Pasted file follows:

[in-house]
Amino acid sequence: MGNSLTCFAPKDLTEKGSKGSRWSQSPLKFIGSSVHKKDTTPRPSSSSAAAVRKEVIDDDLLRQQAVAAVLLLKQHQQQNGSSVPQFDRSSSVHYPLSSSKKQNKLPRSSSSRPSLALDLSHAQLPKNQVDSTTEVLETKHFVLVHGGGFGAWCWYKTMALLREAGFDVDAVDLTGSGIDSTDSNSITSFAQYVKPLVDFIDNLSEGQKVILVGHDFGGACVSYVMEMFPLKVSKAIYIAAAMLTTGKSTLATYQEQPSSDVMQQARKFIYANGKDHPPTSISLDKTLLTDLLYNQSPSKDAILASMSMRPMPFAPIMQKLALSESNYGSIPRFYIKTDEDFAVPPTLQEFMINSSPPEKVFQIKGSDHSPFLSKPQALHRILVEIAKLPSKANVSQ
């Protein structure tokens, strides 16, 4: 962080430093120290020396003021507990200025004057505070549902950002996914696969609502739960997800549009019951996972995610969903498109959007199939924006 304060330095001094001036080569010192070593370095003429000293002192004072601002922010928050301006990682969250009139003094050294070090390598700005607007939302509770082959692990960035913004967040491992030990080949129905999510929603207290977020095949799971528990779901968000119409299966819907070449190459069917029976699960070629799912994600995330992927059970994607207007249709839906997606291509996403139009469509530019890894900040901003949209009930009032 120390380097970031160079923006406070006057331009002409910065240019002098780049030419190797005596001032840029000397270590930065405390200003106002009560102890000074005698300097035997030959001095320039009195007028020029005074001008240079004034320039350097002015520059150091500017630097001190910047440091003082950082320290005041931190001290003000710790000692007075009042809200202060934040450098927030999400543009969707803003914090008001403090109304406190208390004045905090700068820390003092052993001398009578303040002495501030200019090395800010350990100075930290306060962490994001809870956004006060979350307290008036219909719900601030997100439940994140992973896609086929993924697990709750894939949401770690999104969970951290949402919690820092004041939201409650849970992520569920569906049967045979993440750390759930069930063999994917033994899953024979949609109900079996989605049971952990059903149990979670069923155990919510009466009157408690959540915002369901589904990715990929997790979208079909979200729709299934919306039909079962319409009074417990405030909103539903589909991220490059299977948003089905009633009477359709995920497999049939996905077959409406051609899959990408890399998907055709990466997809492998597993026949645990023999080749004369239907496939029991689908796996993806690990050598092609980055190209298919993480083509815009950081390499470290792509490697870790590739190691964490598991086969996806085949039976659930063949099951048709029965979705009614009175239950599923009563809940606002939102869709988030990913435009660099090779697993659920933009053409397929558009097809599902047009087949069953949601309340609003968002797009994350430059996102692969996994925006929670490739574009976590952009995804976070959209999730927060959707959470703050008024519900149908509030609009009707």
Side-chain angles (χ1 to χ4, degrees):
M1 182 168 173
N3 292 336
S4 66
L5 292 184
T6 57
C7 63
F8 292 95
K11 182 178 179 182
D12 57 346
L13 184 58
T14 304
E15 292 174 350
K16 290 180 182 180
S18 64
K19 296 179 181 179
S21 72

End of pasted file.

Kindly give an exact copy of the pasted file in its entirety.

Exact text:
[in-house]
Amino acid sequence: MGNSLTCFAPKDLTEKGSKGSRWSQSPLKFIGSSVHKKDTTPRPSSSSAAAVRKEVIDDDLLRQQAVAAVLLLKQHQQQNGSSVPQFDRSSSVHYPLSSSKKQNKLPRSSSSRPSLALDLSHAQLPKNQVDSTTEVLETKHFVLVHGGGFGAWCWYKTMALLREAGFDVDAVDLTGSGIDSTDSNSITSFAQYVKPLVDFIDNLSEGQKVILVGHDFGGACVSYVMEMFPLKVSKAIYIAAAMLTTGKSTLATYQEQPSSDVMQQARKFIYANGKDHPPTSISLDKTLLTDLLYNQSPSKDAILASMSMRPMPFAPIMQKLALSESNYGSIPRFYIKTDEDFAVPPTLQEFMINSSPPEKVFQIKGSDHSPFLSKPQALHRILVEIAKLPSKANVSQ
């Protein structure tokens, strides 16, 4: 962080430093120290020396003021507990200025004057505070549902950002996914696969609502739960997800549009019951996972995610969903498109959007199939924006 304060330095001094001036080569010192070593370095003429000293002192004072601002922010928050301006990682969250009139003094050294070090390598700005607007939302509770082959692990960035913004967040491992030990080949129905999510929603207290977020095949799971528990779901968000119409299966819907070449190459069917029976699960070629799912994600995330992927059970994607207007249709839906997606291509996403139009469509530019890894900040901003949209009930009032 120390380097970031160079923006406070006057331009002409910065240019002098780049030419190797005596001032840029000397270590930065405390200003106002009560102890000074005698300097035997030959001095320039009195007028020029005074001008240079004034320039350097002015520059150091500017630097001190910047440091003082950082320290005041931190001290003000710790000692007075009042809200202060934040450098927030999400543009969707803003914090008001403090109304406190208390004045905090700068820390003092052993001398009578303040002495501030200019090395800010350990100075930290306060962490994001809870956004006060979350307290008036219909719900601030997100439940994140992973896609086929993924697990709750894939949401770690999104969970951290949402919690820092004041939201409650849970992520569920569906049967045979993440750390759930069930063999994917033994899953024979949609109900079996989605049971952990059903149990979670069923155990919510009466009157408690959540915002369901589904990715990929997790979208079909979200729709299934919306039909079962319409009074417990405030909103539903589909991220490059299977948003089905009633009477359709995920497999049939996905077959409406051609899959990408890399998907055709990466997809492998597993026949645990023999080749004369239907496939029991689908796996993806690990050598092609980055190209298919993480083509815009950081390499470290792509490697870790590739190691964490598991086969996806085949039976659930063949099951048709029965979705009614009175239950599923009563809940606002939102869709988030990913435009660099090779697993659920933009053409397929558009097809599902047009087949069953949601309340609003968002797009994350430059996102692969996994925006929670490739574009976590952009995804976070959209999730927060959707959470703050008024519900149908509030609009009707």
Side-chain angles (χ1 to χ4, degrees):
M1 182 168 173
N3 292 336
S4 66
L5 292 184
T6 57
C7 63
F8 292 95
K11 182 178 179 182
D12 57 346
L13 184 58
T14 304
E15 292 174 350
K16 290 180 182 180
S18 64
K19 296 179 181 179
S21 72